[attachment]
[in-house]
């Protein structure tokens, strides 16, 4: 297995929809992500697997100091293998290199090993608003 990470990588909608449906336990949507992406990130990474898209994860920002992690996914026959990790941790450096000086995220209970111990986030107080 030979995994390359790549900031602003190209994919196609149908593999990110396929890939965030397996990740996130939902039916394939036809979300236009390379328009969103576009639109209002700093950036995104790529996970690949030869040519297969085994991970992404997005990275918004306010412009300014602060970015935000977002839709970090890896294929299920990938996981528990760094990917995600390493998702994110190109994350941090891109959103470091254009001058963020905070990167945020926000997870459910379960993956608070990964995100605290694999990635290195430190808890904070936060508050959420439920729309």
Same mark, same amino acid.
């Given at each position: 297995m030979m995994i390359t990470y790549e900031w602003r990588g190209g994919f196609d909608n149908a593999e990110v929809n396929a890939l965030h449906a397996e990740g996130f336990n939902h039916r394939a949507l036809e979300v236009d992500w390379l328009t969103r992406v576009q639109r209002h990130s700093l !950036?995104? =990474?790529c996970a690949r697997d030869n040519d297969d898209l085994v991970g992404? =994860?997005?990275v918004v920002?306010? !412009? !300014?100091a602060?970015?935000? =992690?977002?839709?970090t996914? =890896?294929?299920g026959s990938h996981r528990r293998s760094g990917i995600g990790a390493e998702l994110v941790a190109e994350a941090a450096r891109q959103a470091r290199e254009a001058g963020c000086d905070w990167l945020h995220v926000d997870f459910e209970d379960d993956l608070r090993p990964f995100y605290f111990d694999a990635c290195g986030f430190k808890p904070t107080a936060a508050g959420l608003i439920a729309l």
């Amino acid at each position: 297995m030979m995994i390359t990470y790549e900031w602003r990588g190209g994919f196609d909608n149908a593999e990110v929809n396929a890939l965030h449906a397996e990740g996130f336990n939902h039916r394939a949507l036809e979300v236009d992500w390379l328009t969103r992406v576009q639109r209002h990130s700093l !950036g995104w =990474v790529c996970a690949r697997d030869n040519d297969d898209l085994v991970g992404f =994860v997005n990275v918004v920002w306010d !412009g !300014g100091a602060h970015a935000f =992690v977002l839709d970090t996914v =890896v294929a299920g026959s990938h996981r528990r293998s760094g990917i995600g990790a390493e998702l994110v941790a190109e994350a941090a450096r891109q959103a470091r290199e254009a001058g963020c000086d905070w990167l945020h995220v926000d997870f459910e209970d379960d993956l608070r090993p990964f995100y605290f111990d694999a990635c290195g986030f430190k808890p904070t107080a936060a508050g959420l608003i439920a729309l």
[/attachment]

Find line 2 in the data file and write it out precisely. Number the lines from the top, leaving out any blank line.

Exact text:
């Protein structure tokens, strides 16, 4: 297995929809992500697997100091293998290199090993608003 990470990588909608449906336990949507992406990130990474898209994860920002992690996914026959990790941790450096000086995220209970111990986030107080 030979995994390359790549900031602003190209994919196609149908593999990110396929890939965030397996990740996130939902039916394939036809979300236009390379328009969103576009639109209002700093950036995104790529996970690949030869040519297969085994991970992404997005990275918004306010412009300014602060970015935000977002839709970090890896294929299920990938996981528990760094990917995600390493998702994110190109994350941090891109959103470091254009001058963020905070990167945020926000997870459910379960993956608070990964995100605290694999990635290195430190808890904070936060508050959420439920729309």